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Working Papers

Working Papers

  • WP 22-16 | The Value of Unemployment Insurance: Liquidity vs. Insurance Value


    Victor Hernandez Martinez Kaixin Liu

    Abstract

    This paper argues that the value of unemployment insurance (UI) can be decomposed into a liquidity component and an insurance component. While the liquidity component captures the value of relieving the cost to access liquidity during unemployment, the insurance component captures the value of protecting the worker against a potential permanent future income loss. We develop a novel sufficient statistics method to identify each component that requires only the labor supply responses to changes in the potential duration of UI and severance payment and implement it using Spanish administrative data. We find that the liquidity component represents half of the value of UI, while the insurance component captures the remaining half. However, the relevance of each component is highly heterogeneous across different groups of workers. Poorer and wealthier workers are both similarly liquidity-constrained, but poorer workers place a higher value on UI because the insurance component is significantly more important for them. On the other hand, wealthier workers and workers with more cash-on-hand value additional UI equally, but the wealthier value its liquidity, while those with more liquidity care about its insurance value. Finally, from a welfare perspective, we show that extending the potential duration of Spain’s UI would increase welfare. However, in our counterfactual case where UI is complemented with the provision of liquidity, the optimal potential duration of Spain's UI should be lower than its current level.   Read More

  • WP 21-04R | Applications of Markov Chain Approximation Methods to Optimal Control Problems in Economics


    Tom Phelan Keyvan Eslami

    Original Paper: WP 21-04

    Abstract

    In this paper we explore some benefits of using the finite-state Markov chain approximation (MCA) method of Kushner and Dupuis (2001) to solve continuous-time optimal control problems in economics. We first show that the implicit finite-difference scheme of Achdou et al. (2022) amounts to a limiting form of the MCA method for a certain choice of approximating chains and policy function iteration for the resulting system of equations. We then illustrate that, relative to the implicit finite-difference approach, using variations of modified policy function iteration to solve income fluctuation problems both with and without discrete choices can lead to an increase in the speed of convergence of more than an order of magnitude. Finally, we provide several consistent chain constructions for stationary portfolio problems with correlated state variables, and illustrate the flexibility of the MCA approach by using it to construct and compare two simple solution methods for a general equilibrium model with financial frictions.   Read More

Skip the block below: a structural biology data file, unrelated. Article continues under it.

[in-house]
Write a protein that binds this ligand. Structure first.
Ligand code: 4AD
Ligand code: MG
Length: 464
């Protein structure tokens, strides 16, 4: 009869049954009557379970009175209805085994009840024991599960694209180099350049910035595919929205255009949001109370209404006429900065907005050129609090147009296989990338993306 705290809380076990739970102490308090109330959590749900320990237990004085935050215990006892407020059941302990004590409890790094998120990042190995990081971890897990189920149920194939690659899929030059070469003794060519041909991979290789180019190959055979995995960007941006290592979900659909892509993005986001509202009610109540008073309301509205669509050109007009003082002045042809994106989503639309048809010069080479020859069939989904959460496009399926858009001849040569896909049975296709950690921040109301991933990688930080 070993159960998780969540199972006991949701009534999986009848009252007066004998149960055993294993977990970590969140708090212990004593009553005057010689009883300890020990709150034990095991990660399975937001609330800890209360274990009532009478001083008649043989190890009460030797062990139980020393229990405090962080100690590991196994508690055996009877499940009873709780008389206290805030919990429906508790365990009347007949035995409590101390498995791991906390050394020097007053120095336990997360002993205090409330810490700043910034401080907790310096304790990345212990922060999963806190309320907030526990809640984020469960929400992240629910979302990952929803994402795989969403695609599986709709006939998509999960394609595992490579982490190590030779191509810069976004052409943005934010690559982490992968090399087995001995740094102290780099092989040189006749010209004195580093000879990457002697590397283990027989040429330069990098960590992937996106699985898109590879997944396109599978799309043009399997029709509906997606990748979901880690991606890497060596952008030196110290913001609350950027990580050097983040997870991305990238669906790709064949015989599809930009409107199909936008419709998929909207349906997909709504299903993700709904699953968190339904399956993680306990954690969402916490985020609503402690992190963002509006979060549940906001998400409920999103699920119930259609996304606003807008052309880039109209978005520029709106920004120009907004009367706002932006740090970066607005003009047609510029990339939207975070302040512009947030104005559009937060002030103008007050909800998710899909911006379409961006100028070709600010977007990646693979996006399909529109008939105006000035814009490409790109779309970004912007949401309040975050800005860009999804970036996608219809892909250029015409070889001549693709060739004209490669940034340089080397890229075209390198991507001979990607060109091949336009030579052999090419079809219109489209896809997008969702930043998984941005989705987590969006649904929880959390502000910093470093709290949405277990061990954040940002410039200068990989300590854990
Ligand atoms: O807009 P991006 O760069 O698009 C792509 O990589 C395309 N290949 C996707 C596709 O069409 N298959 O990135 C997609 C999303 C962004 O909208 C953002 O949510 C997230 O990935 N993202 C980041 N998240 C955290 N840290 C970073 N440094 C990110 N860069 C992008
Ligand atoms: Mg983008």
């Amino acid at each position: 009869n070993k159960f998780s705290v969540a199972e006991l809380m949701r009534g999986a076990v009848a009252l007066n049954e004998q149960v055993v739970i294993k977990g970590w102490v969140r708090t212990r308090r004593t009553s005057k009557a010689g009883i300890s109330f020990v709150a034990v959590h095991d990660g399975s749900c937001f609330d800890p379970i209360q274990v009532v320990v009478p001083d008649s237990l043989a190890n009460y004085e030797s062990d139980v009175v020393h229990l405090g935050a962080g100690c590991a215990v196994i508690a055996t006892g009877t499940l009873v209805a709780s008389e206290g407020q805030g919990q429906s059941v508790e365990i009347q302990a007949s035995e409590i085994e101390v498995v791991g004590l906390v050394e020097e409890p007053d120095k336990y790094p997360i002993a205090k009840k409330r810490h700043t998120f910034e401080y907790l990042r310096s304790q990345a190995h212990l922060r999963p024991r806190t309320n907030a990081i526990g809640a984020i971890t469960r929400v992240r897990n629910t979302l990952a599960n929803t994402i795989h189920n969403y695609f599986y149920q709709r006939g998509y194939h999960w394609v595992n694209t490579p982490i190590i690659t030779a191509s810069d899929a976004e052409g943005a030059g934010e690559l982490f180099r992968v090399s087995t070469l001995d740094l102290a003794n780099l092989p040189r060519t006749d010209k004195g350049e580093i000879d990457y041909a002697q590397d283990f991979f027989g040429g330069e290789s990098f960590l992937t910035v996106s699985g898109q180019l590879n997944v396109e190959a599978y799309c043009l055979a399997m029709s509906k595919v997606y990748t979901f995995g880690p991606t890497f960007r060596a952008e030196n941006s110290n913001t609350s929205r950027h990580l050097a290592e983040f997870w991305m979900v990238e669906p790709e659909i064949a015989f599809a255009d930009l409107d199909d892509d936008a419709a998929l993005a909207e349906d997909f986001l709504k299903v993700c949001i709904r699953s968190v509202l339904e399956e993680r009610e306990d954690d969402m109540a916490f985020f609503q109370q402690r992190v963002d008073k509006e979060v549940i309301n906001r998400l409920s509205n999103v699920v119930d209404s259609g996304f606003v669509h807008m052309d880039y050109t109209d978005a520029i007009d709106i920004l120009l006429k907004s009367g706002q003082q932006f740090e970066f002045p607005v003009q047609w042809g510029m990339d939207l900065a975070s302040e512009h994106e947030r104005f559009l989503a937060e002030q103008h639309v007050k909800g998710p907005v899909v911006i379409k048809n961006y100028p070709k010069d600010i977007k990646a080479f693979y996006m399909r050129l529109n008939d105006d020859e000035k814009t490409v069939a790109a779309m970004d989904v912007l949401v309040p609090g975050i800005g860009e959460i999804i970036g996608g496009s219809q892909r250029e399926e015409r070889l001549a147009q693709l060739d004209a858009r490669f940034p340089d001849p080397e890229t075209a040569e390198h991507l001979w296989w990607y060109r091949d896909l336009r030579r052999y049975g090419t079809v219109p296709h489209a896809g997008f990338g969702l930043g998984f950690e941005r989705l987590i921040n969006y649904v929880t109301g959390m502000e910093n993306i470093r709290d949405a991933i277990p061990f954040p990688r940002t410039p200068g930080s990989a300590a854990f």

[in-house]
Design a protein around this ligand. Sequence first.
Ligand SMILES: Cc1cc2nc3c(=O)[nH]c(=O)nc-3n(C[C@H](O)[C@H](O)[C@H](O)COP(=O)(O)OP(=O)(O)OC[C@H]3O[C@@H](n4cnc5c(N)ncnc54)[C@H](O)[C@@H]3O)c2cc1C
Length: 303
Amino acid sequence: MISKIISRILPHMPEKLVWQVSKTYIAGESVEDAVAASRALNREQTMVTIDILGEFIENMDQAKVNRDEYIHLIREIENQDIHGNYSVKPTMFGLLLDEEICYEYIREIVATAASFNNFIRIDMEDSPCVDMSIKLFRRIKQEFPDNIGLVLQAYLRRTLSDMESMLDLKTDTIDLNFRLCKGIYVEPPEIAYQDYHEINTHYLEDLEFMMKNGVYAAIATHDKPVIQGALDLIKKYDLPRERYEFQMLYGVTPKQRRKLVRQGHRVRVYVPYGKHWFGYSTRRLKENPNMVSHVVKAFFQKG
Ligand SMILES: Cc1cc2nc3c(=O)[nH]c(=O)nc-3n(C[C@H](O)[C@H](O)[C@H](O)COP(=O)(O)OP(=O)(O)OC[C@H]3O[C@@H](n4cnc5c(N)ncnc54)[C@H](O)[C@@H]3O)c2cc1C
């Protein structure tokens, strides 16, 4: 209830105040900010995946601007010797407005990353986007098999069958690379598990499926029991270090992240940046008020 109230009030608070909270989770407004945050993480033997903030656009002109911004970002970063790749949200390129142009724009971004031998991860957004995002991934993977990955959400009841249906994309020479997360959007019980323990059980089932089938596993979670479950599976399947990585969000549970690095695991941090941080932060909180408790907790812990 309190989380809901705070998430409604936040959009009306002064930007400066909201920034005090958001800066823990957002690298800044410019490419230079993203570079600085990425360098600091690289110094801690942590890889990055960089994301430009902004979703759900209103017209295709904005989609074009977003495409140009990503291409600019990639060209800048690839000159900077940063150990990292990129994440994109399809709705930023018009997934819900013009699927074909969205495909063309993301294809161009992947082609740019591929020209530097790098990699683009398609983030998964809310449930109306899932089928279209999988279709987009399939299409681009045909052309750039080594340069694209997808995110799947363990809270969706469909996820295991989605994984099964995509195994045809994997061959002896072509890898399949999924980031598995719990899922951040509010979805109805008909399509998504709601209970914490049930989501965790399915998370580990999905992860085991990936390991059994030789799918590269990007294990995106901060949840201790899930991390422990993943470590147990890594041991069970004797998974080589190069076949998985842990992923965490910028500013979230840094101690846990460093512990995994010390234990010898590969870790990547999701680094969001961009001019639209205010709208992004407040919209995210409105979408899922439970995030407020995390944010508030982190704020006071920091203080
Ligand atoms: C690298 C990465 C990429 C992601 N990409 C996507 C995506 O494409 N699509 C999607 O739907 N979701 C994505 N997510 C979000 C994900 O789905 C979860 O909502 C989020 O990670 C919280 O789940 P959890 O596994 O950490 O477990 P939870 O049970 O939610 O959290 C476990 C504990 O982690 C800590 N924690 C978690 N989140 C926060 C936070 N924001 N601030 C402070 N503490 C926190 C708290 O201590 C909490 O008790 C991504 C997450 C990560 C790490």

• WP 22-15 | The Geographic Effects of Monetary Policy


    Mathieu Pedemonte Juan Herreño

    Abstract

    We propose a novel approximation of the risky steady state and construct first-order perturbations around it for a general class of dynamic equilibrium models with time-varying and non-Gaussian risk. We offer analytical formulas and conditions for their local existence and uniqueness. We apply this approximation technique to models featuring Campbell-Cochrane habits, recursive preferences, and time-varying disaster risk, and show how the proposed approximation represents the implications of the model similarly to global solution methods. We show that our approximation of the risky steady state cannot be generically replicated by higher-order perturbations around the deterministic steady state, which cannot account well for the effects of risk in our applications even up to third order. Finally, we argue that our perturbation can be viewed as a generalized version of the heuristic loglinear-lognormal approximations commonly used in the macro-finance literature.   Read More